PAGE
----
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A toast, and birthday greetings, to a remarkable 105 year old

There are few men like Sir Nicholas Winton - now celebrating his 105th birthday.    But it is not only his age worthy of celebration, but his deeds - for there is no other word for it - in Prague in September 1939.     Read on in this piece from the The Guardian.

"It could almost be a normal birthday party, with music, presents and a cake. But the cake has 105 candles and many of the 100 or so guests who are here to celebrate the birthday of Sir Nicholas Winton owe him their life.

Winton's 105th birthday party is at the Czech embassy in London, and the guests here are the offspring of 669 children - mostly Jewish - rescued by Winton from almost certain death in the months before the second world war broke out in 1939. Most of their families ended up interned and murdered in Nazi concentration camps. Today they call themselves "Nicky's children".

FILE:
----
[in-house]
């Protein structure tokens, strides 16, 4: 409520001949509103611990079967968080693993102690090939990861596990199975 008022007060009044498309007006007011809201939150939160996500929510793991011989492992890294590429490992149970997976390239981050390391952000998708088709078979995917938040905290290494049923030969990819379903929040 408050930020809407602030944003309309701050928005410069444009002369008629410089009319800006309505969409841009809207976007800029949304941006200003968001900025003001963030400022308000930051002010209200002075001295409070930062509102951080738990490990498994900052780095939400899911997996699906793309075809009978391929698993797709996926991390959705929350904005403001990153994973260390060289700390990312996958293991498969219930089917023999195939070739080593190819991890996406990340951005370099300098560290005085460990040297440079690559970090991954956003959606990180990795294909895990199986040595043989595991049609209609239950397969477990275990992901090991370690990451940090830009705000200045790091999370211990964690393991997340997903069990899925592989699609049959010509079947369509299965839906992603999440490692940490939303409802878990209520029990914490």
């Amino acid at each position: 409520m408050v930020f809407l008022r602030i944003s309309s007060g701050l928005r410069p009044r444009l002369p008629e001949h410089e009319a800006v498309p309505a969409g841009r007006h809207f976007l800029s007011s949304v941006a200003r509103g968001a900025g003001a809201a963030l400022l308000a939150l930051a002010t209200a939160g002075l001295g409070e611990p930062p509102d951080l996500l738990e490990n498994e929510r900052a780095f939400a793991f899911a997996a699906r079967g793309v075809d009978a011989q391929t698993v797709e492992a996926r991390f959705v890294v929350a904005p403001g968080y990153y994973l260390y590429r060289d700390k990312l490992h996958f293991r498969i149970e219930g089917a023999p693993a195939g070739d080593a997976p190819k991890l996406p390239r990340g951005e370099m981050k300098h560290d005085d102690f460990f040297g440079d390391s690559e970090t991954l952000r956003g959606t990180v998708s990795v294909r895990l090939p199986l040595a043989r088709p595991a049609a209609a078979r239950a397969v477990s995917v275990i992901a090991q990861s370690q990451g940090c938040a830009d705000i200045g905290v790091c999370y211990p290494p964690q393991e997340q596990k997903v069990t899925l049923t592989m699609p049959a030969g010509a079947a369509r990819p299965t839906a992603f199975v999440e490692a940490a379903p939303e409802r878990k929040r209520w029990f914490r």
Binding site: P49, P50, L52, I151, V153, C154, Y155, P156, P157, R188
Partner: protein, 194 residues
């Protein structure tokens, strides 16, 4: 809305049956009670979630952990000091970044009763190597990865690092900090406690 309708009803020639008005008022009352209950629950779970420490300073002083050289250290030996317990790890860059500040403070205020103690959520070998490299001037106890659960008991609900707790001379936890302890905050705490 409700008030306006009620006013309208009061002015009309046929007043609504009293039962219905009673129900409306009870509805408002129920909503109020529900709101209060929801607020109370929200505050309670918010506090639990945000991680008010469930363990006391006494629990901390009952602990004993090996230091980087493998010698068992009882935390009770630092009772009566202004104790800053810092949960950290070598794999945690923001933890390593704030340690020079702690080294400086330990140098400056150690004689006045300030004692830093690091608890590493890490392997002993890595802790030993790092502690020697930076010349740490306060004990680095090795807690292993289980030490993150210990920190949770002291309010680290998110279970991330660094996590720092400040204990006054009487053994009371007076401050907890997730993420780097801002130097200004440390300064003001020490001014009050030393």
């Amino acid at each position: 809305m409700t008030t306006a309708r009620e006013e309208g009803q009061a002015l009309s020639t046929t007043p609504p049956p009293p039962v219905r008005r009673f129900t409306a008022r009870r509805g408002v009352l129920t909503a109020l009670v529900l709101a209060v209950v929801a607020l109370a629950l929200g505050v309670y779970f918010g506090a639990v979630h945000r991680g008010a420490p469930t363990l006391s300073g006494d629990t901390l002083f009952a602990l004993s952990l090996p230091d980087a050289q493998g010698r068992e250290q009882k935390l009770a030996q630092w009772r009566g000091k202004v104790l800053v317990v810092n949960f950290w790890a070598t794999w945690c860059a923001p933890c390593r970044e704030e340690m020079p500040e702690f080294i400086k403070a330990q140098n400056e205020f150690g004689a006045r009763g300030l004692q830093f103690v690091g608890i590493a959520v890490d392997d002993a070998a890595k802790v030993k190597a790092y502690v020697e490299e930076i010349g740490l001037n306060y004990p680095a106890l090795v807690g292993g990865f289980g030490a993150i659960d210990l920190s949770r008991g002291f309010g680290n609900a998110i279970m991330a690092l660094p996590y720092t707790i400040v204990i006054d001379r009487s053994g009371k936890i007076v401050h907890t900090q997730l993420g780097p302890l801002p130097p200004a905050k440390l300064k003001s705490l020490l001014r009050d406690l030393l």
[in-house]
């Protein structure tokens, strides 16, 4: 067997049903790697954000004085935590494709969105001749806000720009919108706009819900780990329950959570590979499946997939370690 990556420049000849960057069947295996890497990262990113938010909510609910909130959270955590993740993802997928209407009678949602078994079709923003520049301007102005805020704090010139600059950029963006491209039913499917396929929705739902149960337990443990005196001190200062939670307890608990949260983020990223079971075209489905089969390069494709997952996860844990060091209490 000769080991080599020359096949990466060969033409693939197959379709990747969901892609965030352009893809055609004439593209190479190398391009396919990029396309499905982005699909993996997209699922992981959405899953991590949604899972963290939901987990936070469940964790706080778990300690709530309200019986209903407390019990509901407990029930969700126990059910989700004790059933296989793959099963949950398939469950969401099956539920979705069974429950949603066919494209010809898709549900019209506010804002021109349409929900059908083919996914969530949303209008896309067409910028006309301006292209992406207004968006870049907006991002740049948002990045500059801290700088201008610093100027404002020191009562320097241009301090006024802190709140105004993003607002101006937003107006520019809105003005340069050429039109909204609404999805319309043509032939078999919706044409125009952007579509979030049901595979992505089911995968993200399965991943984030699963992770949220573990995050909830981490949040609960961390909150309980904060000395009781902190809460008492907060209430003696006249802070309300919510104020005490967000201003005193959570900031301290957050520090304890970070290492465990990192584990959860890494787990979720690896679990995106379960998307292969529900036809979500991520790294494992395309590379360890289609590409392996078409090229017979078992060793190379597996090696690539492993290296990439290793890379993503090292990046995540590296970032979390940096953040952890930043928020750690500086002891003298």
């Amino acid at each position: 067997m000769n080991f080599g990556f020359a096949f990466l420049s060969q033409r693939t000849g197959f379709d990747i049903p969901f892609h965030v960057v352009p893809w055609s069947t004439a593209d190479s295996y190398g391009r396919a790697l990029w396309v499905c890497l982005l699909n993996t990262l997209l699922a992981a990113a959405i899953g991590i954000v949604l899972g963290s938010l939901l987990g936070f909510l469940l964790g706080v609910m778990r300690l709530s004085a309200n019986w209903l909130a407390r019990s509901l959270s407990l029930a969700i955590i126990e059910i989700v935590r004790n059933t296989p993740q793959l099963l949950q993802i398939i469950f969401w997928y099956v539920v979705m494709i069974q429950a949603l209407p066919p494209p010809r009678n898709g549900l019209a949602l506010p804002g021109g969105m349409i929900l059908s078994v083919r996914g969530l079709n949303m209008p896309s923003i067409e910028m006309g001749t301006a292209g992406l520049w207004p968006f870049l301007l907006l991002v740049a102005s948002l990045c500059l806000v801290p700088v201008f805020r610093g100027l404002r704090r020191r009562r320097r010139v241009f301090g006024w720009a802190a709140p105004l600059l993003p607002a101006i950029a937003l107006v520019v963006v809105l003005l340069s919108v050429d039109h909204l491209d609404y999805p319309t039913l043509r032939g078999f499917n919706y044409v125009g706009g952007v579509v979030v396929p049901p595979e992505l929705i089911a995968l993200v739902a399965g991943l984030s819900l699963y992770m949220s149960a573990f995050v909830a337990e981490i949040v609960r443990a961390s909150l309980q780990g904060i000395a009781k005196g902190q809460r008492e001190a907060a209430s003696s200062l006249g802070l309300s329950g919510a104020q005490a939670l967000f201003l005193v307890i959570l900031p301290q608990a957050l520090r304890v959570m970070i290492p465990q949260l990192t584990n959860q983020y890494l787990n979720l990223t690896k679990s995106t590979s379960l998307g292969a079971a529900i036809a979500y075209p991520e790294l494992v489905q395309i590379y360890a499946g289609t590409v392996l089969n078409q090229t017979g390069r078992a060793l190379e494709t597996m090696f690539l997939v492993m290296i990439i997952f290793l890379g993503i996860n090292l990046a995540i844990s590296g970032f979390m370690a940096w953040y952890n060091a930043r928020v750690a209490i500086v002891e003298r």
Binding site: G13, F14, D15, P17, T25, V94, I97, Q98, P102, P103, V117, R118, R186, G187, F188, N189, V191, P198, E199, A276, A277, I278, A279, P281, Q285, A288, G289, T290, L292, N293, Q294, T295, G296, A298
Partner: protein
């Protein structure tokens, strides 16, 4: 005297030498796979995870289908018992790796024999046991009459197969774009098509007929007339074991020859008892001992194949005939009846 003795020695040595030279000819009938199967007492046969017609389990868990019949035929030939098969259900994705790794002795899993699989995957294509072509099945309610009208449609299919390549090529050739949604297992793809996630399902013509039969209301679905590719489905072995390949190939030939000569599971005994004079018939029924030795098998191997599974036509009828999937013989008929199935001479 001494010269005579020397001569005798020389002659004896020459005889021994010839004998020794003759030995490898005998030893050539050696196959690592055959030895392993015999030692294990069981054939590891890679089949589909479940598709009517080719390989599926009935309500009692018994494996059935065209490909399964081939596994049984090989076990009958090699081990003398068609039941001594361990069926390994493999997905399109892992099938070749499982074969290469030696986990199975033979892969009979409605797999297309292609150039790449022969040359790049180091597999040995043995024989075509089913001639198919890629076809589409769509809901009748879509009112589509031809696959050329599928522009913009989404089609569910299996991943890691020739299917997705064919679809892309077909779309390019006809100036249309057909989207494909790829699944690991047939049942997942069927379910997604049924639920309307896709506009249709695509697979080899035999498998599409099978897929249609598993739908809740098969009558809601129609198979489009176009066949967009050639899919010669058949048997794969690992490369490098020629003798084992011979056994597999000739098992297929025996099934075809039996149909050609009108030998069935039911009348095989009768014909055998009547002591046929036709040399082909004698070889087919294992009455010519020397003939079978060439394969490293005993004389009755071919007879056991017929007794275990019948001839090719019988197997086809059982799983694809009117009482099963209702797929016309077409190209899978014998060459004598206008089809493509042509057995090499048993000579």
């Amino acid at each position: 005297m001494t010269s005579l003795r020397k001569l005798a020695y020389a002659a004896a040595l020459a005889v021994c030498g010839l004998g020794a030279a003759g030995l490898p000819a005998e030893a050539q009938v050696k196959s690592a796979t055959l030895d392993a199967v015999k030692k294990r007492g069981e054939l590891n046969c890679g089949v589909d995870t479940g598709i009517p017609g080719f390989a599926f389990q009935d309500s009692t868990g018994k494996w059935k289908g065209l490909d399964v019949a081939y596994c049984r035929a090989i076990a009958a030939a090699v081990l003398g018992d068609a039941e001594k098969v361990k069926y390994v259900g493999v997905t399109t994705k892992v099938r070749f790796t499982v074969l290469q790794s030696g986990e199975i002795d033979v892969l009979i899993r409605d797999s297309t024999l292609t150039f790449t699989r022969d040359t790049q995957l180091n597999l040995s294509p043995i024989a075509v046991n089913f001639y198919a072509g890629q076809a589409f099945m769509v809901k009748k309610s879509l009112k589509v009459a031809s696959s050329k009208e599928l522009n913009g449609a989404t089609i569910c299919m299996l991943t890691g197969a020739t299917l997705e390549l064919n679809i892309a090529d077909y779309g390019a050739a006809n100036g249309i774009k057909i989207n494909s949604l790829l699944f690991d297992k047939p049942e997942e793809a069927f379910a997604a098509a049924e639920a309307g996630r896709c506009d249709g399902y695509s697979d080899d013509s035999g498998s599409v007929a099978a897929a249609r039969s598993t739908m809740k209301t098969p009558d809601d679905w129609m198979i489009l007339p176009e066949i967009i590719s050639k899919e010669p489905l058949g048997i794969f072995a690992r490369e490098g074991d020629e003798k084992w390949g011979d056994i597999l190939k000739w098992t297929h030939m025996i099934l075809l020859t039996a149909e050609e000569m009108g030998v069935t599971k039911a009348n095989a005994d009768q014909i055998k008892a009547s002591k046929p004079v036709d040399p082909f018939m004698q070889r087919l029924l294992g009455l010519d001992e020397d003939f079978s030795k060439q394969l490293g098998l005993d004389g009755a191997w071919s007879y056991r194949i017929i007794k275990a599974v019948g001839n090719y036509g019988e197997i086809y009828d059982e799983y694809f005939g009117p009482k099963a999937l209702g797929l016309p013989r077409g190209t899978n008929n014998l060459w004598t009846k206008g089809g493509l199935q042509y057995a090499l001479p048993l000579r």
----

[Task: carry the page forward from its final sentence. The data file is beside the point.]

There are around 6,000 people around the world today who owe Winton their lives. It was late in December 1938 when the stockbroker from Hampstead cancelled a holiday to go to Prague to see what was happening to refugees there. Winton spent only three weeks in the city - the most leave he could get from his job at home - but it was enough time for him to recognise the impending threat facing the refugees who had arrived following the Nazi invasion of the Czech Sudentenland in October 1938.

He immediately set about organising eight evacuations of the children on the Kindertransport train. He advertised in newspapers for foster homes, got the necessary permits from the immigration office in the UK, and persuaded the Germans to let the children leave the country. When Winton returned to his job in London on 21 January 1939 he continued the rescue mission, working in the evenings until the last train was cancelled when war broke out in September 1939."


Continue reading here.

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